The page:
Industrial Hemp Manufacturing History is Part of Our Future

Industrial Hemp Manufacturing History is Part of Our Future

In this age of technology we often forget to look back at our history to see how we have arrived at our current advances.  The origin of our handheld computer devices can point back to 1946 and the invention of the first computer – ENIAC Electronic Numerical Integrator And Computer) was one of the first electronic general-purpose computer and could solve “a large class of numerical problems” through reprogramming.

Clothing manufacturers can point to Englishman Thomas Saint who invented what is generally considered to be the first real sewing machine in 1798.

Today the growing industrial hemp manufacturing revolution can look to a simple farmer named Bernagozzi from Bologna, Italy who invented a machine called a scavezzatrice. This impossible to pronounce word is translated to mean: breaker (of textile threads) and was used as a decorticator for hemp crops.

How Industrial Hemp Manufacturing Will Change the Future

There are so many benefits and uses for industrial hemp but one of the best improvements we will see from the ability to legally grow and manufacture hemp is the green effect.

Products manufactured from industrial hemp will provide:

  • A special lubricant used by the oil industry to help in the ease of drilling.
  • An unbeatable absorbent product that cleans up oil spills like a teenage boy inhales a bag of chips. industrial hemp manufacturing-uses-infographic
  • Green fuel which can be used in automobiles and is not only more fuel efficient but almost eliminates the harmful CO2 gases from exhaust fumes.
  • As a replacement for wood based paper, hemp can be recycled up to seven times, can be whitened without harmful chemicals and is far sturdier than wood pulp.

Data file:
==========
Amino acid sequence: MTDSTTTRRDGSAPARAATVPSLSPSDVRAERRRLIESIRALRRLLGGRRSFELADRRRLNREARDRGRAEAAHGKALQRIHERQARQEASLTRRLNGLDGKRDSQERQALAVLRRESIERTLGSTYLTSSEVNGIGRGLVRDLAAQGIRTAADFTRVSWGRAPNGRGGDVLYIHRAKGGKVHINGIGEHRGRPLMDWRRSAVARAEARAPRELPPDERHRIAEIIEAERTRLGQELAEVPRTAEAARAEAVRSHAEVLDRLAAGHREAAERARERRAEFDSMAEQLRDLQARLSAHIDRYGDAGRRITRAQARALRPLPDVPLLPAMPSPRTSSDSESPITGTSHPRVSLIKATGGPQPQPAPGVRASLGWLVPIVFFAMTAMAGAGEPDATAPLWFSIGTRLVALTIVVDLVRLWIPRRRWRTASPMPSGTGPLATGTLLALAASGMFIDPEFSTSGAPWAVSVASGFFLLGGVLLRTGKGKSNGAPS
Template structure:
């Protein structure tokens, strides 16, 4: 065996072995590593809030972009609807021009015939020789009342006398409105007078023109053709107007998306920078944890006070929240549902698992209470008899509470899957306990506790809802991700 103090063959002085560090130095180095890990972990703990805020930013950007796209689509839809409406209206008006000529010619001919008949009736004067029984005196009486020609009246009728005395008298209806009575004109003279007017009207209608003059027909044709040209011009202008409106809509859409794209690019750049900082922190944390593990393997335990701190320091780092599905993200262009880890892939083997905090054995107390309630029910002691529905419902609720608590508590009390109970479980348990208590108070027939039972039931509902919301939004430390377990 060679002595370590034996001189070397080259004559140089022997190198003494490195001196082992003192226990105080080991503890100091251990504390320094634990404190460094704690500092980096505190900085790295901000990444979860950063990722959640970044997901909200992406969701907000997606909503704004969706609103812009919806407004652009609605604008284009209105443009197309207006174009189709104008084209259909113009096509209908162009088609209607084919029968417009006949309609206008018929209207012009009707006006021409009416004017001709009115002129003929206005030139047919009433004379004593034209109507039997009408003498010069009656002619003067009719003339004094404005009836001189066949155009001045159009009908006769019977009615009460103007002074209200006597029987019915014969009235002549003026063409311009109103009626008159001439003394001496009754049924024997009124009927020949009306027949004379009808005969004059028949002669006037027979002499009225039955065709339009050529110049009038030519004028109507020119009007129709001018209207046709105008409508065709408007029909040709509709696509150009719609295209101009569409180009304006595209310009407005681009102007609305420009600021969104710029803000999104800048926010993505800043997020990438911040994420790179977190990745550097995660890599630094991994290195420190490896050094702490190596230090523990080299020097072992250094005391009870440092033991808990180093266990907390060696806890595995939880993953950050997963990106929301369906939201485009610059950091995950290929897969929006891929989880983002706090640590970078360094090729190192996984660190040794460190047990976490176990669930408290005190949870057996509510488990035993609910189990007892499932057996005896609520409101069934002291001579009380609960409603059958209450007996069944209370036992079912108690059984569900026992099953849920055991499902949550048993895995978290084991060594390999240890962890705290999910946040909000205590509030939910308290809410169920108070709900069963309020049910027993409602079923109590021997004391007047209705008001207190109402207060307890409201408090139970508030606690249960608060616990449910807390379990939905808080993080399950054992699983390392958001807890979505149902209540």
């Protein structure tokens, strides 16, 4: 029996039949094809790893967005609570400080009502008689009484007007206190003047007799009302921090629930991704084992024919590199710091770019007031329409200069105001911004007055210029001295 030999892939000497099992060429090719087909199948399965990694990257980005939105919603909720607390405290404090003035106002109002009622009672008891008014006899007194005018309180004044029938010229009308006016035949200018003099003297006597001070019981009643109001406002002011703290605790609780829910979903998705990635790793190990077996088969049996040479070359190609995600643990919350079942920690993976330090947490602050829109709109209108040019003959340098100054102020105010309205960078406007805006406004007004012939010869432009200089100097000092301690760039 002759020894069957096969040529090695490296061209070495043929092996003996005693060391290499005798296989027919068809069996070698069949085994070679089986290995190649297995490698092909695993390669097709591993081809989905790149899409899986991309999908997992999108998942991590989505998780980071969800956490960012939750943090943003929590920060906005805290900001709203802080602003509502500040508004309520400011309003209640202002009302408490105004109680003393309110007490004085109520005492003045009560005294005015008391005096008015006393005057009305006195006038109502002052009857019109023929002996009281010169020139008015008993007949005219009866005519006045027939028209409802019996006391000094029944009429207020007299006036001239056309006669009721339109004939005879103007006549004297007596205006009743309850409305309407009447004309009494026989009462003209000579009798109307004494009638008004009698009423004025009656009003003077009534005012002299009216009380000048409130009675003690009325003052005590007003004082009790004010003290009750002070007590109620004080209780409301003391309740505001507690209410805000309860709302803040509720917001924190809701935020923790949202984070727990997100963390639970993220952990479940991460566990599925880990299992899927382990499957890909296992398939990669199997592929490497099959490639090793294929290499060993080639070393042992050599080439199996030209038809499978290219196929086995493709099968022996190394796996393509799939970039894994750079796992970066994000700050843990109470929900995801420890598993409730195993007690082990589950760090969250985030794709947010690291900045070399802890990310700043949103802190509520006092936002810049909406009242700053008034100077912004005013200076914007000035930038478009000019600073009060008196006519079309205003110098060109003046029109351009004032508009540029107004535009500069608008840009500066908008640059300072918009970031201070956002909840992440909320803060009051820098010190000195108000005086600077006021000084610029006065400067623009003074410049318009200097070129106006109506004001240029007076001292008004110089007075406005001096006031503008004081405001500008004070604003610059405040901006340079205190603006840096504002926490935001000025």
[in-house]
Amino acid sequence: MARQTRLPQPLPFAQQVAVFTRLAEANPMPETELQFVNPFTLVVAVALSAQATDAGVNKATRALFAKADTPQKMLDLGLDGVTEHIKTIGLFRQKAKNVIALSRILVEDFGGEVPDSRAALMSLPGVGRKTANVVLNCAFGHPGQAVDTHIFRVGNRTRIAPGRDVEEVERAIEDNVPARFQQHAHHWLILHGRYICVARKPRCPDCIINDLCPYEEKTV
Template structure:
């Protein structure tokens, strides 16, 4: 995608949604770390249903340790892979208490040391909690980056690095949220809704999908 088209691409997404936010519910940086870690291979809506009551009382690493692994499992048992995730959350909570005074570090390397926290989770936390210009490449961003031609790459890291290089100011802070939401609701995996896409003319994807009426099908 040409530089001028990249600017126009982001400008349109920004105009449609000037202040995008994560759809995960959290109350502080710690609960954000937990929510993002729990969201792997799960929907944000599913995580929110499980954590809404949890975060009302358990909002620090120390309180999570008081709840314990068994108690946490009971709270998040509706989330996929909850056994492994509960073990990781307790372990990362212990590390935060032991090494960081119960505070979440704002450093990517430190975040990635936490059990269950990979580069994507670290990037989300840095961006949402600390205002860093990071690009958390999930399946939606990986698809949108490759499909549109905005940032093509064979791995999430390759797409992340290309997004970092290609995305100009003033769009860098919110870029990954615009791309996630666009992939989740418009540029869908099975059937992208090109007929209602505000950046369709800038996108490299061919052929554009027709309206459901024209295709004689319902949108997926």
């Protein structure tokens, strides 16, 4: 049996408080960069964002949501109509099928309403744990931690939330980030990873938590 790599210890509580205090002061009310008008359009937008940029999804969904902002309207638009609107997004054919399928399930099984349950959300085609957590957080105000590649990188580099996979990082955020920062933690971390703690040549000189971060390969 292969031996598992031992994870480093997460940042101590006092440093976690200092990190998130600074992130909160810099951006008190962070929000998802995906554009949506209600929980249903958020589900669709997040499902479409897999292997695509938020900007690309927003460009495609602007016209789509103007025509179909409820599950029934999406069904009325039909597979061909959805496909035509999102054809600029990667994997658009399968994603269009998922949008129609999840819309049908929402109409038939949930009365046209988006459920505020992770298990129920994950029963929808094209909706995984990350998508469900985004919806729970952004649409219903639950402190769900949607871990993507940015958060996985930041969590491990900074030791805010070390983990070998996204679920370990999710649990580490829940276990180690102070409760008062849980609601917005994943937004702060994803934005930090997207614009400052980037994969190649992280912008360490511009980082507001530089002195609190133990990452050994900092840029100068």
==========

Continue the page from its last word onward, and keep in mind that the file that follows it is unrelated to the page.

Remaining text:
Hemp, Inc. and our team on the ground in North Carolina are already making the future a reality for today. In a recent interview Chief Operating Officer of the Hemp, Inc. wholly owned subsidiary, Industrial Hemp Manufacturing, LLC, David Schmitt, had this to say:

“The products we’ll be manufacturing, initially, will be for the automotive and textile industry (the fiber). The hurd will be used to manufacture products for the gas and oil drilling industries as well as products to clean up oil spills. A 1999 U.S. Naval study found that the inner core of the kenaf plant was the most absorbent material on Earth. It can be used in deep-water disasters. The LCMs (Loss Circulation Materials) are used to drill. These are the types of products we’ll be manufacturing once the plant is operational in the first quarter of 2016.

“By the end of 2016, we’ll be employing 100 employees just in the factory. A year after that, we’ll probably be up to 200 employees. Spring Hope is about 20 minutes east of Raleigh in the middle of a farming community. We’ll partner with farmers all over the state of North Carolina to purchase their hemp crop and will process it in our facility.”

The decortication process of the hemp plant may have begun many generations ago, however,  industrial hemp manufacturing is still a viable, versatile and vital product for today and future generations.

If you are a history buff and happen to be vacationing in Italy, you will find a working hemp decorticator from 1890, manufactured in Germany, preserved in a museum in Bologna.

Keep spreading the word: industrial hemp manufacturing is the way of the future!

 

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